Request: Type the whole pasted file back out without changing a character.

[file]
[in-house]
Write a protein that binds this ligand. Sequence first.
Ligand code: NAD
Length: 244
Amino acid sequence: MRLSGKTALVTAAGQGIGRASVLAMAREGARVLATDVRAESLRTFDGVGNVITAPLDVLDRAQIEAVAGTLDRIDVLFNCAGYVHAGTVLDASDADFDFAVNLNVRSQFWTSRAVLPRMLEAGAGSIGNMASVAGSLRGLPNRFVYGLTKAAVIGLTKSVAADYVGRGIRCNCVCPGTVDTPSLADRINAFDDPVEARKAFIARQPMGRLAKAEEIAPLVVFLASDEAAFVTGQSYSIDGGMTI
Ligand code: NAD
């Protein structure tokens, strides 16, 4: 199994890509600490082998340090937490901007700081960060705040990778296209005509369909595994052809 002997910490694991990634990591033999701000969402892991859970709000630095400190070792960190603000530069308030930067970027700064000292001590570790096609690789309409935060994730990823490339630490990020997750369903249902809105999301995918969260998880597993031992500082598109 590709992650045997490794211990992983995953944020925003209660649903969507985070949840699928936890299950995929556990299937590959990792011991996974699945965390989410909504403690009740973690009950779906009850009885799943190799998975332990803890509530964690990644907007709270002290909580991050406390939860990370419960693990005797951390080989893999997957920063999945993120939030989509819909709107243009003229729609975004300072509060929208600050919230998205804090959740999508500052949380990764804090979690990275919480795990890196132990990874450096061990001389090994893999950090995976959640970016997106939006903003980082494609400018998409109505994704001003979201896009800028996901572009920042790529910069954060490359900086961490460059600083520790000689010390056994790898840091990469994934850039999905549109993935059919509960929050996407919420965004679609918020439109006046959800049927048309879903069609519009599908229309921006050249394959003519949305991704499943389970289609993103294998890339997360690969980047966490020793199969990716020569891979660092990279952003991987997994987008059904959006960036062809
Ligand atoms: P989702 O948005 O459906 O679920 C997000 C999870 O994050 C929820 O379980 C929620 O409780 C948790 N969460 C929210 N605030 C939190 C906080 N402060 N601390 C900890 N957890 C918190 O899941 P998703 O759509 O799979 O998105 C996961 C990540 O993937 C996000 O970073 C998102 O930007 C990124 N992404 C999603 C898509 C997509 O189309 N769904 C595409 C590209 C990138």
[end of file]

[in-house]
Write a protein that binds this ligand. Sequence first.
Ligand code: NAD
Length: 244
Amino acid sequence: MRLSGKTALVTAAGQGIGRASVLAMAREGARVLATDVRAESLRTFDGVGNVITAPLDVLDRAQIEAVAGTLDRIDVLFNCAGYVHAGTVLDASDADFDFAVNLNVRSQFWTSRAVLPRMLEAGAGSIGNMASVAGSLRGLPNRFVYGLTKAAVIGLTKSVAADYVGRGIRCNCVCPGTVDTPSLADRINAFDDPVEARKAFIARQPMGRLAKAEEIAPLVVFLASDEAAFVTGQSYSIDGGMTI
Ligand code: NAD
């Protein structure tokens, strides 16, 4: 199994890509600490082998340090937490901007700081960060705040990778296209005509369909595994052809 002997910490694991990634990591033999701000969402892991859970709000630095400190070792960190603000530069308030930067970027700064000292001590570790096609690789309409935060994730990823490339630490990020997750369903249902809105999301995918969260998880597993031992500082598109 590709992650045997490794211990992983995953944020925003209660649903969507985070949840699928936890299950995929556990299937590959990792011991996974699945965390989410909504403690009740973690009950779906009850009885799943190799998975332990803890509530964690990644907007709270002290909580991050406390939860990370419960693990005797951390080989893999997957920063999945993120939030989509819909709107243009003229729609975004300072509060929208600050919230998205804090959740999508500052949380990764804090979690990275919480795990890196132990990874450096061990001389090994893999950090995976959640970016997106939006903003980082494609400018998409109505994704001003979201896009800028996901572009920042790529910069954060490359900086961490460059600083520790000689010390056994790898840091990469994934850039999905549109993935059919509960929050996407919420965004679609918020439109006046959800049927048309879903069609519009599908229309921006050249394959003519949305991704499943389970289609993103294998890339997360690969980047966490020793199969990716020569891979660092990279952003991987997994987008059904959006960036062809
Ligand atoms: P989702 O948005 O459906 O679920 C997000 C999870 O994050 C929820 O379980 C929620 O409780 C948790 N969460 C929210 N605030 C939190 C906080 N402060 N601390 C900890 N957890 C918190 O899941 P998703 O759509 O799979 O998105 C996961 C990540 O993937 C996000 O970073 C998102 O930007 C990124 N992404 C999603 C898509 C997509 O189309 N769904 C595409 C590209 C990138």